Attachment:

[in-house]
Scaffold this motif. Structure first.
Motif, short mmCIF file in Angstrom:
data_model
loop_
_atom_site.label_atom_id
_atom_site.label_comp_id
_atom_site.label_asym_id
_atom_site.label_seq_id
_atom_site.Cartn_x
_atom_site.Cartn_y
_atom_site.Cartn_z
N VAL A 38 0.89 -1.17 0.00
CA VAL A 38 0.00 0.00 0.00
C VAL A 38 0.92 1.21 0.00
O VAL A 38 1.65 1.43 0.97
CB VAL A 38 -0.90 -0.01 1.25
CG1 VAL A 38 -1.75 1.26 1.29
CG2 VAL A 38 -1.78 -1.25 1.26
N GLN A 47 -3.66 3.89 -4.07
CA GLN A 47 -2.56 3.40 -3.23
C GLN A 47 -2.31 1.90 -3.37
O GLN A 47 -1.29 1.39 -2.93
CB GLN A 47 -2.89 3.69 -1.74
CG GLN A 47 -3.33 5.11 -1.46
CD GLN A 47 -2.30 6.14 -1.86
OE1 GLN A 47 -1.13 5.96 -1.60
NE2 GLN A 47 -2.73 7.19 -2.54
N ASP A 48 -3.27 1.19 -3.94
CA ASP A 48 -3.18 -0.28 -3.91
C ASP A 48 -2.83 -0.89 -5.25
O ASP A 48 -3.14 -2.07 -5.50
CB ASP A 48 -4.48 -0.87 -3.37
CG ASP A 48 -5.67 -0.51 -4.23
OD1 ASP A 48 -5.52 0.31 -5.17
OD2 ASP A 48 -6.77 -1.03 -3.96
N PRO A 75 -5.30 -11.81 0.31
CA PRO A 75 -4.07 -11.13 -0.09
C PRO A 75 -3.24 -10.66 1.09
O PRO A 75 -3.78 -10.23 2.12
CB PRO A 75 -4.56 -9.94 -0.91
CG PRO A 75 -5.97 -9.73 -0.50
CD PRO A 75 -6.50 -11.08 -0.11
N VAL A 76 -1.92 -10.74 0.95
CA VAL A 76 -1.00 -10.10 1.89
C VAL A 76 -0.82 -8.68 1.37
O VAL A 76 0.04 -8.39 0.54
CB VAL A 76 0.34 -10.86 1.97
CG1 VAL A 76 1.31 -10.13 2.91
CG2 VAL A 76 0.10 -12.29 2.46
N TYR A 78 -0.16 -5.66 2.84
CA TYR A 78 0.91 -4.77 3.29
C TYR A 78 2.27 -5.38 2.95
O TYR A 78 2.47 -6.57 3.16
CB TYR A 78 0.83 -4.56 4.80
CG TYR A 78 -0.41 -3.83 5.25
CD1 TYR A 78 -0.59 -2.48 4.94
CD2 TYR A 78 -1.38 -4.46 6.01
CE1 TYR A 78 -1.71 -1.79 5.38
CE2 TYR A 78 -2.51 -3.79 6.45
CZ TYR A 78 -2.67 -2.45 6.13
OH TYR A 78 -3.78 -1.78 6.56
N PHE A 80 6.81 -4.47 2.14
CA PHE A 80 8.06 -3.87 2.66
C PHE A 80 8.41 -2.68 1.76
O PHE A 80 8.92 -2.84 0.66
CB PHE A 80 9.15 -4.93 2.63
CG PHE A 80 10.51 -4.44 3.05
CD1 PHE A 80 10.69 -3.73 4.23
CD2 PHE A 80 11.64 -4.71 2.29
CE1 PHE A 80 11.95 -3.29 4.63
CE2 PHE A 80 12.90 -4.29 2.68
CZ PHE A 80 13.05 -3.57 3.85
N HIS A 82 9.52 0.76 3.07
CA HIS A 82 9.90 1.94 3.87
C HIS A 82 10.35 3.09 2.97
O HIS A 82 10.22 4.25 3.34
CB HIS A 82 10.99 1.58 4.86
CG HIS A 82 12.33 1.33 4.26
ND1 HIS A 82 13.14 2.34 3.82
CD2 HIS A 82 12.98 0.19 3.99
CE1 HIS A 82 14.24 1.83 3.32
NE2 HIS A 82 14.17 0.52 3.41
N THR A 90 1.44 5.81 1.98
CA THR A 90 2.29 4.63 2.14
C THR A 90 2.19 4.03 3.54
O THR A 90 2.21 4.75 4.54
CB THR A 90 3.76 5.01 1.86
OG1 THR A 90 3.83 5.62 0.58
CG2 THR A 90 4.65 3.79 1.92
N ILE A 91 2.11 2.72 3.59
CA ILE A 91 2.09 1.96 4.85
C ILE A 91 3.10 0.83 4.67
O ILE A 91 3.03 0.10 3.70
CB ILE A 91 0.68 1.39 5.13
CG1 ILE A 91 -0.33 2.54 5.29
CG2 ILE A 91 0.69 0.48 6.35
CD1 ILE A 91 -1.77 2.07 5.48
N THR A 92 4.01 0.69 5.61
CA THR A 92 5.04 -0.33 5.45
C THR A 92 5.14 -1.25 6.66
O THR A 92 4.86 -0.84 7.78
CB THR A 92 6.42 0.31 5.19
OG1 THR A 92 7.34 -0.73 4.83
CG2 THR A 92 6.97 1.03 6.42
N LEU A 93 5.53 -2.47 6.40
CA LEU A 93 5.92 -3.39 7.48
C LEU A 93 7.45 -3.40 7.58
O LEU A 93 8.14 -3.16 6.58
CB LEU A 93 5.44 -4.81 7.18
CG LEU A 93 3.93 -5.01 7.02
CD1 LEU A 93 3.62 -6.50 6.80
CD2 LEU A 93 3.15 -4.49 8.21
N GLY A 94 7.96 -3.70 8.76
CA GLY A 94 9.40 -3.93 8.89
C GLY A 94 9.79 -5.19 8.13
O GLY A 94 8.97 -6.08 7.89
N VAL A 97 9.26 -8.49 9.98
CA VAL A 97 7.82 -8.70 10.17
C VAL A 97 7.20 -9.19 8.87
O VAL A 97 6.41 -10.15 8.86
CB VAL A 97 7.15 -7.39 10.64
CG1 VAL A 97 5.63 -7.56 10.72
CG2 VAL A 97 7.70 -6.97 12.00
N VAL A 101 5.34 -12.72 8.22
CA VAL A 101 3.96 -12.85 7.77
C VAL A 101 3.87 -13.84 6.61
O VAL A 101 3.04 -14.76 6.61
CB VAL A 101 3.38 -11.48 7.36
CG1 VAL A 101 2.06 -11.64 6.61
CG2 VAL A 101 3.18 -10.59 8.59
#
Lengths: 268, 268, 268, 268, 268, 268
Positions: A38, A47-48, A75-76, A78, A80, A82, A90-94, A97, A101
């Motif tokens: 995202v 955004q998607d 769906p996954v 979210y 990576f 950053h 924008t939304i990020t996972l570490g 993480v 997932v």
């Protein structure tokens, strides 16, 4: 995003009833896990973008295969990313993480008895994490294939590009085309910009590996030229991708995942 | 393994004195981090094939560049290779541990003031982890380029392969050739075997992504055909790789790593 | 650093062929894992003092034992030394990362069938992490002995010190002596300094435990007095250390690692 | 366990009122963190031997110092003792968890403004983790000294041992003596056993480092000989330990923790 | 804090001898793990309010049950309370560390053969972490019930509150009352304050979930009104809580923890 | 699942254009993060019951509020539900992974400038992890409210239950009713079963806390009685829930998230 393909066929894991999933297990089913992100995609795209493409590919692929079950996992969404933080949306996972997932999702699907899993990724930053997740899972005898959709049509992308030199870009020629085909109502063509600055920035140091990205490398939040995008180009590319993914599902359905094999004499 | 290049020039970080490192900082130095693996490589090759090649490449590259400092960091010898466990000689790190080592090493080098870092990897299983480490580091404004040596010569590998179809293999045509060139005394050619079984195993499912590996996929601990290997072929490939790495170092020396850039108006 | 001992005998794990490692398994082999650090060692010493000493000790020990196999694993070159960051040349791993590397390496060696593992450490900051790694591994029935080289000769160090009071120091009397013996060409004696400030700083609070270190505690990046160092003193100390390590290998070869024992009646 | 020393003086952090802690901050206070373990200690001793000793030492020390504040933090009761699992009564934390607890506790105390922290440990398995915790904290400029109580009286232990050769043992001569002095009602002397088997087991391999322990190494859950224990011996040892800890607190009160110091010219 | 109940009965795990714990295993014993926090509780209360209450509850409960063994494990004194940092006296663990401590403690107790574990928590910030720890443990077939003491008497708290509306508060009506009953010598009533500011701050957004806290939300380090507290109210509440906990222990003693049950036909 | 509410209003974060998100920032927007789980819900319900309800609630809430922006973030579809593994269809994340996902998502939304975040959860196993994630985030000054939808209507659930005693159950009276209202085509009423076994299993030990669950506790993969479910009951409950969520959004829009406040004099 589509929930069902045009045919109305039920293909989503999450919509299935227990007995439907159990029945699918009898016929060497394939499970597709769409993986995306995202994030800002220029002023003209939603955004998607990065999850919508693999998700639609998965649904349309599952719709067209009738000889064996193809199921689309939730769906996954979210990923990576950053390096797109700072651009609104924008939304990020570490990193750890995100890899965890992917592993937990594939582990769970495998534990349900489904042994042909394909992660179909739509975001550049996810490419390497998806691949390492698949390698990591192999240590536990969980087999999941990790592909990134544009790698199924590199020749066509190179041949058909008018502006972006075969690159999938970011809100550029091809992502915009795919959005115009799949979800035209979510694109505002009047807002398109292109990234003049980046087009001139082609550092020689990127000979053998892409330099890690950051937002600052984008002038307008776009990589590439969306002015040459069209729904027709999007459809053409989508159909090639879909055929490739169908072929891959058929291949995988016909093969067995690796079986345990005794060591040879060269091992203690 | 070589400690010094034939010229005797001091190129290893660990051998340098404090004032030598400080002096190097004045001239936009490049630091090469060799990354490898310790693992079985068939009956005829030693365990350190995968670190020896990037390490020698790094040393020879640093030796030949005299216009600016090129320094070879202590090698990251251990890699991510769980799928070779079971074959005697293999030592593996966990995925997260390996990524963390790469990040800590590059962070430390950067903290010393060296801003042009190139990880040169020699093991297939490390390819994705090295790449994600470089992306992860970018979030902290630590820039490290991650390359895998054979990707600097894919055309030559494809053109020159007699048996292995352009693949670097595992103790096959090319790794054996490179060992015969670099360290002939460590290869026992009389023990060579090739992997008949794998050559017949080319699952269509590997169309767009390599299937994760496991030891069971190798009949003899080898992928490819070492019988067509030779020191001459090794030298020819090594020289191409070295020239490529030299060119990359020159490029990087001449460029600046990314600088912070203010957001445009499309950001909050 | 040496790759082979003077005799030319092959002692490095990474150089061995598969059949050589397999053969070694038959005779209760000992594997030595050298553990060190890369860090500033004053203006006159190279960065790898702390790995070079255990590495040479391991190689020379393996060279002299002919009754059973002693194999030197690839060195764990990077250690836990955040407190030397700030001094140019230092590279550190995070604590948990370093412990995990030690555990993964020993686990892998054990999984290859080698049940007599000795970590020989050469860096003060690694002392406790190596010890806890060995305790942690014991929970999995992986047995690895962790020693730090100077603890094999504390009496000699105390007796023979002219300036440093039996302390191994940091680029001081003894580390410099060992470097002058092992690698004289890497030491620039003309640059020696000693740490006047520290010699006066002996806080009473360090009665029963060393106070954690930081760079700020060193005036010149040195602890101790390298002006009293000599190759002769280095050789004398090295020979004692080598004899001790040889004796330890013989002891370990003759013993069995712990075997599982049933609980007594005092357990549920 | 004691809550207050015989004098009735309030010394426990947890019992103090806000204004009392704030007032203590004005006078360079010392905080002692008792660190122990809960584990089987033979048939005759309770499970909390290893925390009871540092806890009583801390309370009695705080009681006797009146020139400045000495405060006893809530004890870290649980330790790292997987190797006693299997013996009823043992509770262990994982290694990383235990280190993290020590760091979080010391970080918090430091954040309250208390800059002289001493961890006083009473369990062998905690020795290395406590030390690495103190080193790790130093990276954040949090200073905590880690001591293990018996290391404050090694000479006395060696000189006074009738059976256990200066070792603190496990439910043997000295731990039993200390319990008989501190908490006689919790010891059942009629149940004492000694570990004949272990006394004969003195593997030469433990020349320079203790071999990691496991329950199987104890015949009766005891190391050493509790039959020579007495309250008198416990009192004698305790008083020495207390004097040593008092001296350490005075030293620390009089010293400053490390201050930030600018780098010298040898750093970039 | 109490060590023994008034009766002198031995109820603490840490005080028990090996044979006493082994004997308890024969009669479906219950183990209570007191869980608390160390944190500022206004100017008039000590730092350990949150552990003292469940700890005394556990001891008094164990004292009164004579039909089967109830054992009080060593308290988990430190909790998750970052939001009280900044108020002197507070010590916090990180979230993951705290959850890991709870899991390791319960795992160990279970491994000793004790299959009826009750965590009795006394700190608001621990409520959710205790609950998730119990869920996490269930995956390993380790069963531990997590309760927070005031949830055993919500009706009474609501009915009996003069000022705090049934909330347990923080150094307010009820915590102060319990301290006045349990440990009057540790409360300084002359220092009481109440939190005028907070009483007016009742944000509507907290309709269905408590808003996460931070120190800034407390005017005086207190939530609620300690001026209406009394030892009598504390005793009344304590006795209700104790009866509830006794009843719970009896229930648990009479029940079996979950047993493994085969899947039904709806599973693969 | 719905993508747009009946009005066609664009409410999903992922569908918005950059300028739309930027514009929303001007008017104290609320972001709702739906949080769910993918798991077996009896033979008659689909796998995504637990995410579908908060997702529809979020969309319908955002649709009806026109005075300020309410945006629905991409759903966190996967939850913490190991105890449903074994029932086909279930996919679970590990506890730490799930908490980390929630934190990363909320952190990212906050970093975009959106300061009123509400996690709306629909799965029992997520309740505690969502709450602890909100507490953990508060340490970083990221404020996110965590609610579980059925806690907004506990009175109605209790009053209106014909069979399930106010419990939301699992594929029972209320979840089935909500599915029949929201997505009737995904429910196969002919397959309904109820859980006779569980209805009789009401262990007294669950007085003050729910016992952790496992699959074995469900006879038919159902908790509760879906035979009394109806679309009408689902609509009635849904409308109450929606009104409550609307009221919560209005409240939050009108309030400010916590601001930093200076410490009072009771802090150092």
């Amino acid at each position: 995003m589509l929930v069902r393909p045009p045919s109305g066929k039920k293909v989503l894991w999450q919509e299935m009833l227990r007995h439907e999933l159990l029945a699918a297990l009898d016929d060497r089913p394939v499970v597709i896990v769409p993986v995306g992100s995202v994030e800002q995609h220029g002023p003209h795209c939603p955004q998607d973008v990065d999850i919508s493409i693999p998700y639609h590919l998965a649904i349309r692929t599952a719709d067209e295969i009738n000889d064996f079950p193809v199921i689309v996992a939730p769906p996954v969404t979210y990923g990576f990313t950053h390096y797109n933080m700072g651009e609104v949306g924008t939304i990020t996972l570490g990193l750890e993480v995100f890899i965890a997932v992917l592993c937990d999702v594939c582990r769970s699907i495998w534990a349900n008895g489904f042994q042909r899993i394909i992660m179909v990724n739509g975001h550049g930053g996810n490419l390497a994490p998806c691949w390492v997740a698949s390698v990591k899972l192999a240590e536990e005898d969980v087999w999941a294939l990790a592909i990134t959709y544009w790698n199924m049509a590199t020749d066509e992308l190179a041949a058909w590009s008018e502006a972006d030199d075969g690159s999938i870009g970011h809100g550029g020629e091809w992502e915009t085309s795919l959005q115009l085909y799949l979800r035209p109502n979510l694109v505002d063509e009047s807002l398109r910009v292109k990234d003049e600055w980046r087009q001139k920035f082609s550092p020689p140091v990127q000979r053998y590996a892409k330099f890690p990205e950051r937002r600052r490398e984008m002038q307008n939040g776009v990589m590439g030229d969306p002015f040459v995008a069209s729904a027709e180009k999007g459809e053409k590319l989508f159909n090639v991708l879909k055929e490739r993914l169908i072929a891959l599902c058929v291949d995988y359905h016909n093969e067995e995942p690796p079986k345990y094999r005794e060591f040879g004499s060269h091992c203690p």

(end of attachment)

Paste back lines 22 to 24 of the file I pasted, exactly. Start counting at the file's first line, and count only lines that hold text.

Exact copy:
C GLN A 47 -2.31 1.90 -3.37
O GLN A 47 -1.29 1.39 -2.93
CB GLN A 47 -2.89 3.69 -1.74